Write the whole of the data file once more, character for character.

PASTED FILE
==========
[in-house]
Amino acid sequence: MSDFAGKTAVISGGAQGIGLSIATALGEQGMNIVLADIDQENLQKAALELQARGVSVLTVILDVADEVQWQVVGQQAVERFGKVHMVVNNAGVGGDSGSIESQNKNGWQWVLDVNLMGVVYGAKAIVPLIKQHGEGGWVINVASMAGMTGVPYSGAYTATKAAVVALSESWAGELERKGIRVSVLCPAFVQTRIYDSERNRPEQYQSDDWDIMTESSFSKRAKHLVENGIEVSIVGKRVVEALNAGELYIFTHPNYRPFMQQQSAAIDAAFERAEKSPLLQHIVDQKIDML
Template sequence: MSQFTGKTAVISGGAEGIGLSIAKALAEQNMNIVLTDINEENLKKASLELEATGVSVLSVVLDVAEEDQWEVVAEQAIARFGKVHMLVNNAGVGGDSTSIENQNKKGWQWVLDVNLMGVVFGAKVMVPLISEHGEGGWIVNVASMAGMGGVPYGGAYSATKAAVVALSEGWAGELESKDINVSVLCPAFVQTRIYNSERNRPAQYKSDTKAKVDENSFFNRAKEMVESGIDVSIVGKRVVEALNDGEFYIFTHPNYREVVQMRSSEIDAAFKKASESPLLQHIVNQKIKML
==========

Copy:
[in-house]
Amino acid sequence: MSDFAGKTAVISGGAQGIGLSIATALGEQGMNIVLADIDQENLQKAALELQARGVSVLTVILDVADEVQWQVVGQQAVERFGKVHMVVNNAGVGGDSGSIESQNKNGWQWVLDVNLMGVVYGAKAIVPLIKQHGEGGWVINVASMAGMTGVPYSGAYTATKAAVVALSESWAGELERKGIRVSVLCPAFVQTRIYDSERNRPEQYQSDDWDIMTESSFSKRAKHLVENGIEVSIVGKRVVEALNAGELYIFTHPNYRPFMQQQSAAIDAAFERAEKSPLLQHIVDQKIDML
Template sequence: MSQFTGKTAVISGGAEGIGLSIAKALAEQNMNIVLTDINEENLKKASLELEATGVSVLSVVLDVAEEDQWEVVAEQAIARFGKVHMLVNNAGVGGDSTSIENQNKKGWQWVLDVNLMGVVFGAKVMVPLISEHGEGGWIVNVASMAGMGGVPYGGAYSATKAAVVALSEGWAGELESKDINVSVLCPAFVQTRIYNSERNRPAQYKSDTKAKVDENSFFNRAKEMVESGIDVSIVGKRVVEALNDGEFYIFTHPNYREVVQMRSSEIDAAFKKASESPLLQHIVNQKIKML